700 Years of Government Bond Yields

With the world almost in total agreement that rates can only go up, that the 30-year bull market in rates is over and a return to “normal” rates is timely, perhaps a glance at the following chart of 700 years of government bond yields will enlighten a little as to where the anomalies and what the “normal” is. All too often investors are caught up in their cognitive dissonance-driving recency bias when a bigger picture may just help those who always proclaim to invest for the long-term.

Via Ralph Dillon of Global Financial Data,

It is fascinating to look at where we have been over the years and compare it to today’s markets. In looking at the data, you are trying to identify trends that will help you prepare for opportunities that the future holds. Sometimes you find similarities and sometimes you find differences with the data you are analyzing. That’s what makes it interesting. What never changes, is the fact that for centuries Governments have issued debt and paid interest on that debt.

How much interest they pay has certainly fluctuated throughout the years as demonstrated by the chart below.


But what if we have a window that can peer into the past and see what interest rates have done not for 100 or 200 years, but for 700!  To do so, you just have to follow the changing center of financial power.

Over the past eight centuries, the locus of economic power has gradually shifted from Italy to Spain to the Netherlands to Great Britain and currently to the United States.   The country at the center of the world’s power and economy issues bonds to cover expenses.  Investors in that country and abroad purchase the bonds because they represent the safest bonds that are available for investment.

The country at the center of economic power can issue more bonds at a lower cost because of the lower risk of the world’s economic center.  Over time, power ebbs away from that country and investors begin placing their money in the bonds of the new world economic power. Italy was the center of the western economic world until the 1500s. Until then, the Mediterranean was the gateway to Byzantium, the Middle East, and through those countries, to India and China.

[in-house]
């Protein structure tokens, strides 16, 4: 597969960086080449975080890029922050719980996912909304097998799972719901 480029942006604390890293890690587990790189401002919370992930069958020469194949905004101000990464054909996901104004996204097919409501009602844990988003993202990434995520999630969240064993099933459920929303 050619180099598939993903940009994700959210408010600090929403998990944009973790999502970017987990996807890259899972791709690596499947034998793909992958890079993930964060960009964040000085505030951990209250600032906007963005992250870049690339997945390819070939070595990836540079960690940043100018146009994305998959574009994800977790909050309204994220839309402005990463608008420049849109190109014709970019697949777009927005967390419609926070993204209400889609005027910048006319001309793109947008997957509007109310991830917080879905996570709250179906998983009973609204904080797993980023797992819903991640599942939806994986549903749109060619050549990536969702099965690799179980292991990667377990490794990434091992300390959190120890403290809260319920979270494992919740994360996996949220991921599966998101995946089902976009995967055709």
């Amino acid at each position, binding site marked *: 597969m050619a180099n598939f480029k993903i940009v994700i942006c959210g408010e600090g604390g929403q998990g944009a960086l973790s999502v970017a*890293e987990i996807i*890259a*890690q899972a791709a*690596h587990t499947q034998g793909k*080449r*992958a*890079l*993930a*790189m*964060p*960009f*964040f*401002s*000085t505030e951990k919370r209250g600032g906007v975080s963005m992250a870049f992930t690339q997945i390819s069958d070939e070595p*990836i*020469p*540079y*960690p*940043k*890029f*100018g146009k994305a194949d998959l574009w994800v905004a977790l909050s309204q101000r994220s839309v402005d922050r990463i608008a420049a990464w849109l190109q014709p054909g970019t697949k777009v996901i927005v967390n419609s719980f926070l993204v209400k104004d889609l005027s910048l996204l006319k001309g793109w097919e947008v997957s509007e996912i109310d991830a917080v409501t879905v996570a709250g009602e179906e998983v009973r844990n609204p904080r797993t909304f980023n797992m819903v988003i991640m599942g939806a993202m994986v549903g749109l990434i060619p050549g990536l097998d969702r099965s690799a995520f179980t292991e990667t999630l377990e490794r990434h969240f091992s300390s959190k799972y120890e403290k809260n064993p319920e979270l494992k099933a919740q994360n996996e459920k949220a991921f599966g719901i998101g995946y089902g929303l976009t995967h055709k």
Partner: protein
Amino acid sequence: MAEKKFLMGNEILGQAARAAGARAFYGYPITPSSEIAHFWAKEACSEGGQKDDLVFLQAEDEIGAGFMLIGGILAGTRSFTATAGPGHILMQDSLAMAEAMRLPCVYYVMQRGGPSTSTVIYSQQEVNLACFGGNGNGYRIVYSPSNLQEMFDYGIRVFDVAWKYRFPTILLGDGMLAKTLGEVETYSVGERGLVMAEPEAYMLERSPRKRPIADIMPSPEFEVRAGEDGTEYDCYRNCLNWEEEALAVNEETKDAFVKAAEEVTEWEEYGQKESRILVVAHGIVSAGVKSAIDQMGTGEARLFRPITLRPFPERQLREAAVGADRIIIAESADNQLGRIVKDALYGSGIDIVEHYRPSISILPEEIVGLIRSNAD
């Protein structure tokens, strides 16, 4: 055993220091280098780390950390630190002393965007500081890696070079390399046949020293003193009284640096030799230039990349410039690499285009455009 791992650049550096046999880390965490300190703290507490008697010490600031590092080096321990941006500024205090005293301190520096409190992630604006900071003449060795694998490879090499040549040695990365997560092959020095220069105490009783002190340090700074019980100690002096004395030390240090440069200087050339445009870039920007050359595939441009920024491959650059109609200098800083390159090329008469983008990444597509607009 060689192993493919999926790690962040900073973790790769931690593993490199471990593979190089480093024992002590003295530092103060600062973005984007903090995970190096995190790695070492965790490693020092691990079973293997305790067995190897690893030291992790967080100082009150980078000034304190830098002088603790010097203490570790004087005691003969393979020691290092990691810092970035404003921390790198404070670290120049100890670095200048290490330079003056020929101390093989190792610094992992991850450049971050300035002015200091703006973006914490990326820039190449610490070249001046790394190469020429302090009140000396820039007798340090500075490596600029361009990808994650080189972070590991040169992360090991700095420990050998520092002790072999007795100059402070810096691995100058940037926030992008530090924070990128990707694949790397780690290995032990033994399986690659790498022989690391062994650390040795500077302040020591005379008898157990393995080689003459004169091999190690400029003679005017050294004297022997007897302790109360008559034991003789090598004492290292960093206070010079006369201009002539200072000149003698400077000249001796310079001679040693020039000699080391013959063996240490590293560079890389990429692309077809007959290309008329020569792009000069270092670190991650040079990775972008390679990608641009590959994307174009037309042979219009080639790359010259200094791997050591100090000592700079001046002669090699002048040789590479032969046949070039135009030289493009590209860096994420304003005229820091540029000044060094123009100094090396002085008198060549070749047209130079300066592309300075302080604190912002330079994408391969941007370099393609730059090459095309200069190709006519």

The Italian city-states of Venice, Genoa, Florence and others grew from this trade, but also fought wars against each other requiring funds for those wars. By the 1600s, the nexus of economic power had shifted to the Netherlands as trade in the Atlantic and with northern Europe enabled the Dutch to strengthen their role in the global economy.  The surplus of capital in the Netherlands is illustrated by the fact that Tulipmania, the world’s first bubble, which occurred in the Netherlands in the 1630s.

The Netherlands was too small to maintain its role as the center of the global economy for long, and the combination of trade, and commercial and industrial revolutions moved the center of economic power to Great Britain at the end of the 1600s. 

The Glorious Revolution of 1688 realigned political power in England and put Britain on a sound economic footing that enabled it to remain the center of world economic and political power until 1914. After World War I, the center of economic power clearly shifted from London to New York and today, New York remains the center of the global economy.  The Dollar is the world’s reserve currency, a fact that enables Washington to issue bonds at a lower cost than would otherwise be the case.

Global Financial Data has put together an index of Government Bond yields that uses bonds from each of these centers of economic power over time to trace the course of interest rates over the past seven centuries.  From 1285 to 1600, Italian bonds are used.   Data are available for the Prestiti of Venice from 1285 to 1303 and from 1408 to 1500 while data from 1304 to 1407 use the Consolidated Bonds of Genoa and the Juros of Italy from 1520 to 1598.

General Government Bonds from the Netherlands are used from 1606 to 1699.   Yields from Britain are used from 1700 to 1914, using yields on Million Bank stock (which invested in government securities) from 1700 to 1728 and British Consols from 1729 to 1918.  From 1919 to date, the yield on US 10-year bond is used.

Below is a chart that reflects 700 years of Long Term Government Bond Yields to 1285:


via Zero Hedge http://feedproxy.google.com/~r/zerohedge/feed/~3/fNycUpoSlw0/story01.htm Tyler Durden

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